Review: Time & Oak's Whiskey Elements

Review: Time & Oak's Whiskey Elements

Recently, we wrote about Portland-based Time & Oak, a company that claims to have invented a new tool to make whiskey taste better. Afterwards a companion taster and I tested Whiskey Elements on two very different spirits: the Signature element in a bottle of “Hard Eight Unoaked Rye,” an unoaked 100% rye from Portland distillery Stonebarn Brandyworks; and the Smoked Element in a bottle of Evan Williams Black Label. Here’s what we found.

Whiskey Elements

image via Time & Oak

Signature/Unoaked

While the packaging claims it takes as little as 24 hours to transform a bottom-shelf whiskey into top-shelf booze, Time and Oak’s co-founder and inventor, Josh Thorne, had told me during our interview that “in moonshine, it takes three to six months; in one-year-old whiskey, it takes just days.”

Why the Elements are apparently so rapidly effective on aged whiskey and so laggardly in changing unaged whiskey is a mystery. We did a blind tasting of the Hard Eight Unoaked Rye, the unoaked rye that had been exposed to the Signature Element, and a two-year-old rye made at Stonebarn Brandyworks from the same mash bill which had been aged for 25 months in 30 gallon new charred American oak barrels. We initially left in the Element in the unoaked for 24 hours and agitated periodically, but after a tasting decided to leave the Element in another 36 hours as little seemed to have changed.

The unoaked and the oaked-with-an-Element products were difficult to tell apart, with the Element bottle acquiring a pale yellow tint after 60 hours. I couldn’t tell the difference at all, but my tasting companion claimed they found the Element-altered product “maybe a little bit smoother.”

After leaving the Element in for a few more days, it released more color into the unaged spirit but never transformed it into anything resembling a truly aged one. The element imparted some tannic oak character but nothing like the harmonic aromas and complexity of a barrel-aged whiskey.

Verdict: Not a magic bullet for lackluster white dog spirits, but I’d be interested to try it in another white spirit like tequila or gin.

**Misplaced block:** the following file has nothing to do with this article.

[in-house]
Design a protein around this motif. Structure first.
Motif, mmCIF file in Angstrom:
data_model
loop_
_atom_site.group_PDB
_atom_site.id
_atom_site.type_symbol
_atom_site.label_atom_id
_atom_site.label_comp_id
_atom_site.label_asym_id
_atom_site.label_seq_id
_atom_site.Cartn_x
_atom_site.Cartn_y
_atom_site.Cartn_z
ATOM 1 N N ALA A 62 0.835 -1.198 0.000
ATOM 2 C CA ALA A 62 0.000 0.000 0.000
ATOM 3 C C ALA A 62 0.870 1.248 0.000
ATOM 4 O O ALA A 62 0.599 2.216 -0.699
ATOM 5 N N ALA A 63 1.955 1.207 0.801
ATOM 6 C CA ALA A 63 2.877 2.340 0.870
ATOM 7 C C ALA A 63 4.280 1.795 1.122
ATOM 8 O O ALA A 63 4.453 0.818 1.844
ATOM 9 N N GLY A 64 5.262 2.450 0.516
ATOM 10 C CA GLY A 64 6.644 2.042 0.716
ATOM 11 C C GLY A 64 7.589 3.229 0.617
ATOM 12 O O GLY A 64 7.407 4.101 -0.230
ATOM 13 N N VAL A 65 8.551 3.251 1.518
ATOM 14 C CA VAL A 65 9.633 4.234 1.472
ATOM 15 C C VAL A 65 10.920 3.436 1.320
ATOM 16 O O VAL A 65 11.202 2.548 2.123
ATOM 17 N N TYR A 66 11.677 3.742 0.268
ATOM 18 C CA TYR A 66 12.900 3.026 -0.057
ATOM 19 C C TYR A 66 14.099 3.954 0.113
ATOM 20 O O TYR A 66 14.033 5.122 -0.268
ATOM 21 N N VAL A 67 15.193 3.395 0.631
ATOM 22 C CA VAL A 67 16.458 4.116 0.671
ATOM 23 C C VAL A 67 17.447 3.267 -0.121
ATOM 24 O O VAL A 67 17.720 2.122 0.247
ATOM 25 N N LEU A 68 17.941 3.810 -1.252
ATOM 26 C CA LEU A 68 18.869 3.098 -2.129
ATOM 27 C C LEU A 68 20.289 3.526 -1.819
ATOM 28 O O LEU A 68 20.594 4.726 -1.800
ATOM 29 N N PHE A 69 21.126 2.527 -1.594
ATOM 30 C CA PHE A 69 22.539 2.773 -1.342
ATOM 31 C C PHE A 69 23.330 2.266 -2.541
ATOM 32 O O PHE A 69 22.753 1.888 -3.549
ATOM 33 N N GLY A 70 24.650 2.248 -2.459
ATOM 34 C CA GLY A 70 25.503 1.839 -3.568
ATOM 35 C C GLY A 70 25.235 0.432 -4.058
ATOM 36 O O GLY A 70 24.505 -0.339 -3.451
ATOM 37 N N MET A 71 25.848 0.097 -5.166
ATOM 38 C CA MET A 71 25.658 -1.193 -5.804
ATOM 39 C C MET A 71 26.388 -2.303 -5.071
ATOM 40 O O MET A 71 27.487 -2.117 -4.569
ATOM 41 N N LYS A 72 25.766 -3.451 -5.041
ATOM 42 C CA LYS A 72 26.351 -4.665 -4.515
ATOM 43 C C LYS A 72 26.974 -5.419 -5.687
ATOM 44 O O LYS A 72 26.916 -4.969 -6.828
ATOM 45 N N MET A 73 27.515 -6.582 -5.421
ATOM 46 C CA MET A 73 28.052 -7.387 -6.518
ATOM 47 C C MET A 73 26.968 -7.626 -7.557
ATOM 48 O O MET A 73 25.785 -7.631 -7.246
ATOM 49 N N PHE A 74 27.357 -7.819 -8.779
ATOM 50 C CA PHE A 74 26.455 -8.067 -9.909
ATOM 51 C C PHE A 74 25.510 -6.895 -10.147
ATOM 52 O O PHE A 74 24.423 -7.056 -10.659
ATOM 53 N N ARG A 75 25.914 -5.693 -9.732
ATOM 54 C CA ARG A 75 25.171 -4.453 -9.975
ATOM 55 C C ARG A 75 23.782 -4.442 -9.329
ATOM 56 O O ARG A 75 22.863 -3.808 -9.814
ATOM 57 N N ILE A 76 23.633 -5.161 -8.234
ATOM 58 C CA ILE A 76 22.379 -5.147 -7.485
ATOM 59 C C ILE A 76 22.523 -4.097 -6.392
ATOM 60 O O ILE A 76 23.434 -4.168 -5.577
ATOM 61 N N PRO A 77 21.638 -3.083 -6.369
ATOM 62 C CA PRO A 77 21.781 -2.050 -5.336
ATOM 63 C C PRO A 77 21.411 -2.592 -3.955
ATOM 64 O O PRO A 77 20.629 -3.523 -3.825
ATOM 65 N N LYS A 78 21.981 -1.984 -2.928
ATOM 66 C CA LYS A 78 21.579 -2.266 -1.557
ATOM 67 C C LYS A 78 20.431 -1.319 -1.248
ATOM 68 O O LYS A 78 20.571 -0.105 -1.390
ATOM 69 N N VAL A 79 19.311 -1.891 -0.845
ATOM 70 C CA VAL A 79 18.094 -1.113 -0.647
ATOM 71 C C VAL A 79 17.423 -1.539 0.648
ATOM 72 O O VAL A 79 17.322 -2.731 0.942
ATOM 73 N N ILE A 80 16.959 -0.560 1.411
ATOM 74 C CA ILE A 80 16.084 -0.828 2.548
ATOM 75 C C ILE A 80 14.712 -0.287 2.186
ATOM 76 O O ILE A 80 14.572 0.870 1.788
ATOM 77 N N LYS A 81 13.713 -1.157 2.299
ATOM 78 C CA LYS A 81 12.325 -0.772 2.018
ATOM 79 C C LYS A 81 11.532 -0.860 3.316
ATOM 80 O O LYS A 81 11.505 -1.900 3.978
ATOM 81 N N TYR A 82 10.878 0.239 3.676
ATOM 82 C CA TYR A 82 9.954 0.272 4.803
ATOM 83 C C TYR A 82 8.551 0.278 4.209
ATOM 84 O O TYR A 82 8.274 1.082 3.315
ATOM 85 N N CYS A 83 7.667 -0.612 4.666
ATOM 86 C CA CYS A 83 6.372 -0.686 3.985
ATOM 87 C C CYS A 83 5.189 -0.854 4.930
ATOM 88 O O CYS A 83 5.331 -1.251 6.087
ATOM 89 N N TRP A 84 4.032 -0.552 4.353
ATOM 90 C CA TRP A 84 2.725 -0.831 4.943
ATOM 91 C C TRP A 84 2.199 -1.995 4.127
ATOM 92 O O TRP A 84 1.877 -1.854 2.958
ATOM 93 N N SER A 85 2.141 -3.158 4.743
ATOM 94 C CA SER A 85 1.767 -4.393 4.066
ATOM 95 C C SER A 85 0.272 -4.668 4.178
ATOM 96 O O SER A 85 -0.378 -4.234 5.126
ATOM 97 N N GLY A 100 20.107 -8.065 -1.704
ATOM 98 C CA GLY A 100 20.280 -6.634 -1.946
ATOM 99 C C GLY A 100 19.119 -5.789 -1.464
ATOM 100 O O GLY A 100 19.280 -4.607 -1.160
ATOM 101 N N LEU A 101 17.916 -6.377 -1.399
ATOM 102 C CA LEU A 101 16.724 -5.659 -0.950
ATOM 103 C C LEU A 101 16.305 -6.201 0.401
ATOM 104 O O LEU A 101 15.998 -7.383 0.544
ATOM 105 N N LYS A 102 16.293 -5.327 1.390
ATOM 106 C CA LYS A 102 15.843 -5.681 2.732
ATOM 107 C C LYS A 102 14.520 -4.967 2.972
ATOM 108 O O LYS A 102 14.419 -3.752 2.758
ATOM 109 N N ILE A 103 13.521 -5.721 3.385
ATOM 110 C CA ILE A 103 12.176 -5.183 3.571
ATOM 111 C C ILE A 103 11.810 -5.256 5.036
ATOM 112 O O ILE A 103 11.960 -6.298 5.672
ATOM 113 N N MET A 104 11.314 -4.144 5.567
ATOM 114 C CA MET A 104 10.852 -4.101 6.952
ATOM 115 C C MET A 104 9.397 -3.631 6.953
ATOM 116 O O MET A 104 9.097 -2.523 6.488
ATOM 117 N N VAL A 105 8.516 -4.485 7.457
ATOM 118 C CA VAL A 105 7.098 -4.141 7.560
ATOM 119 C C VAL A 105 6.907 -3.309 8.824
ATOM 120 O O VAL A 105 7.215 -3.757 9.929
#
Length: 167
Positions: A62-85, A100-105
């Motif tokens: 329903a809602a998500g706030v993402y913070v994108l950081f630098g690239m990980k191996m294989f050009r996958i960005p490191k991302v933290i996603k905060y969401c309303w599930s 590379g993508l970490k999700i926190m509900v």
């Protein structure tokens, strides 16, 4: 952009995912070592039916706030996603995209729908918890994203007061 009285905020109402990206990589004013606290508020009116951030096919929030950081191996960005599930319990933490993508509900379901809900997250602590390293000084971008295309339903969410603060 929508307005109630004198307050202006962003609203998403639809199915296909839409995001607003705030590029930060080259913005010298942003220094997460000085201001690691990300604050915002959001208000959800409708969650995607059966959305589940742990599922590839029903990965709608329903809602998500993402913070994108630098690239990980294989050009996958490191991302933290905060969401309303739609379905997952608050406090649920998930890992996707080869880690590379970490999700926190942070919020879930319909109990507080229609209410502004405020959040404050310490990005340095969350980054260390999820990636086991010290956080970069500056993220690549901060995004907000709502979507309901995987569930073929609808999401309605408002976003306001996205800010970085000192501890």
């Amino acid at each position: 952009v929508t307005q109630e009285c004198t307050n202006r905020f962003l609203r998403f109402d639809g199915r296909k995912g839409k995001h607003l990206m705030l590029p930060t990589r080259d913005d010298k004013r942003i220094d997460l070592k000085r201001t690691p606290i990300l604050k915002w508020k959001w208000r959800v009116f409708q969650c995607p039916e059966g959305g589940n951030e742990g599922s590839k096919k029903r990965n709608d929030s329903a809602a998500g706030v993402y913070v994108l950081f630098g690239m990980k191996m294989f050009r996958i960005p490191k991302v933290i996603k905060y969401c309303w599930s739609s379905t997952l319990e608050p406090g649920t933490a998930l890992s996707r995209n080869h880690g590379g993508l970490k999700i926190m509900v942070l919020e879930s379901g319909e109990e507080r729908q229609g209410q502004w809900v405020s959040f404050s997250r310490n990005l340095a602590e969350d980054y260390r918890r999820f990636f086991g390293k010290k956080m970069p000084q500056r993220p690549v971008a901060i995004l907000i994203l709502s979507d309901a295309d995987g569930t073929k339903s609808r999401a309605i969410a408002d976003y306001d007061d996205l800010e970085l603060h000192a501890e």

Smoke/Evan Williams

Whiskey Elements

image copyright The Whiskey Wash

We treated the Evan Williams Black Label with the Smoke element for 36 hours, and then compared it to an untreated bottle of Evan Williams.

Tasting them blind, the Element-treated sample was immediately identifiable so something certainly happened in 36 hours. The aroma is definitely different here: the nose on the non-Element Evan Williams has a lot of texture, with more mineral and ozone-like high notes as well as black cherry and honey. With the Element, it’s more subdued, skewing more towards the bass notes of grain and dark fruit with a clearly distinguishable smoke note.

Untreated Evan Williams is surprisingly clear on the palate. It’s been a long time since I last tasted Evan Williams, and perhaps never with the full-minded intention and focus of constructing real tasting notes. Black pepper, honey, and reddish fruits like plum and Bing cherry segue to an honest, grain-forward finish with a hint of oak astringency.

With the Element, I think a lot of that dimension is lost. The smoke character is pretty unappealing. The level of the smoke is good, but it’s much more like an extinguished campfire than iodine-rich peat smoke. The lightness in the front palate of the untreated whiskey is gone, replaced with a more straightforward and undifferentiated flavor dominated by oak vanillin. My other taster detected more sourness and astringency in the Element-treated spirit than in the Evan Williams, and I too noted a harshness in the finish that wasn’t present in the original spirit.

Verdict: The Smoke Element seems considerably more potent than the Signature, but neither of us enjoyed its contributions to the spirit. While the Time and Oak Elements are an interesting novelty, I don’t think they will be replacing good old-fashioned barrels any time soon.